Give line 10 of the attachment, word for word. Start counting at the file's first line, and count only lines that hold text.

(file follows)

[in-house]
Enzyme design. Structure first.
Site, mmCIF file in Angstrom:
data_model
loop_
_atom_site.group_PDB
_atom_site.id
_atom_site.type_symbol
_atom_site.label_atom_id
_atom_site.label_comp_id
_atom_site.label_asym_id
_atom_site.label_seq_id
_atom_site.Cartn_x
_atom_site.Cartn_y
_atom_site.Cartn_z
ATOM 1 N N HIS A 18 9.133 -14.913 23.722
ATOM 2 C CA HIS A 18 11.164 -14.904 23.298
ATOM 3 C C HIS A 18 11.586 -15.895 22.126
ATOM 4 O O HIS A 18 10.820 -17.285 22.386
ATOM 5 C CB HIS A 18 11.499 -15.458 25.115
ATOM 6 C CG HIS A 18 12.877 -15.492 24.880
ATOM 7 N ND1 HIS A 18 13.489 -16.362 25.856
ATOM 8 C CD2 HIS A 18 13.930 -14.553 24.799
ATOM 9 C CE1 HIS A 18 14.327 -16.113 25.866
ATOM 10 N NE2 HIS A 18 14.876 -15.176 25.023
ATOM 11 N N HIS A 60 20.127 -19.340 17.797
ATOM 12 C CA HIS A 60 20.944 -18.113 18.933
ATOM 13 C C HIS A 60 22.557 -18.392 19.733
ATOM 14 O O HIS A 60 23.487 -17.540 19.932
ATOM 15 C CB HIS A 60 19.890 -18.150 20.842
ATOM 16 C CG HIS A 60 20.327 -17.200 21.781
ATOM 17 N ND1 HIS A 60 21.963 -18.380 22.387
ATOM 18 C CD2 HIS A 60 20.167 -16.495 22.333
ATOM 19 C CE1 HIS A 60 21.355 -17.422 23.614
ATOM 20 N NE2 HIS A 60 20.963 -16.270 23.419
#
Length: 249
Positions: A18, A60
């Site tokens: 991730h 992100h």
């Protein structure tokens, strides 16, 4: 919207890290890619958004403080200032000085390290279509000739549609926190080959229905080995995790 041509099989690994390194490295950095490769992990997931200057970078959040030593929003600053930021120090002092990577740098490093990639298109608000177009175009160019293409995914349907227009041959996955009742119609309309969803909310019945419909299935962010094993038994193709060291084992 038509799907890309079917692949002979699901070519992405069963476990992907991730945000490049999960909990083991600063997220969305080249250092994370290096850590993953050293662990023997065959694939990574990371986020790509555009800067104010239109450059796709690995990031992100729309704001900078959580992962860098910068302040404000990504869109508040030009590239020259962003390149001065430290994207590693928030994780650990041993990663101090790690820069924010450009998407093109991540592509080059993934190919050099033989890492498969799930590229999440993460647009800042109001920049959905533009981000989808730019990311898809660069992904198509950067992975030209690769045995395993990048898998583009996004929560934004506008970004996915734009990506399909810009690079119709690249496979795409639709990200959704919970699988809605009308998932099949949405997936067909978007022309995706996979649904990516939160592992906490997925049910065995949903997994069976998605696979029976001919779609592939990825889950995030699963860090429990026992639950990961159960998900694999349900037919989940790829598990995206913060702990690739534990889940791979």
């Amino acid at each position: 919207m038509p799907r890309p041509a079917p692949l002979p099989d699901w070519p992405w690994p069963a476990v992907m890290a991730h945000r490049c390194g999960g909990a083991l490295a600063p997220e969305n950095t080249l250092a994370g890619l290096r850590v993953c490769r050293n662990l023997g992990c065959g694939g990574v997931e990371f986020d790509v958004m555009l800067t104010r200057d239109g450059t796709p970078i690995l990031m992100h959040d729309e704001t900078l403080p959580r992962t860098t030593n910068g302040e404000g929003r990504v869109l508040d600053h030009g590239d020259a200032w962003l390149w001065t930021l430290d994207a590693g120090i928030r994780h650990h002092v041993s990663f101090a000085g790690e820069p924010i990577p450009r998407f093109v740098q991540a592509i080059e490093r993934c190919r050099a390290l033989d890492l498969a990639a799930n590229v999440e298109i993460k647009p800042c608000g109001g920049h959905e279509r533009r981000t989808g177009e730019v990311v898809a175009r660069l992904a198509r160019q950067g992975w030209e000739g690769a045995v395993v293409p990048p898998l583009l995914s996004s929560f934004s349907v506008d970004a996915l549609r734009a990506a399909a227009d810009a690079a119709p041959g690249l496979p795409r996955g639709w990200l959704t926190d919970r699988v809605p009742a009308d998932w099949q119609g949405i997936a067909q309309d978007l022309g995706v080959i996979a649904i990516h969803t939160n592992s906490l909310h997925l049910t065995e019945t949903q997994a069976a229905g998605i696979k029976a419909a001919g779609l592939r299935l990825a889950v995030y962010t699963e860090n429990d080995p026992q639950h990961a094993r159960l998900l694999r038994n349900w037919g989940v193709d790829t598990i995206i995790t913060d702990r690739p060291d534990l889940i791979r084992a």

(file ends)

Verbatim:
_atom_site.label_comp_id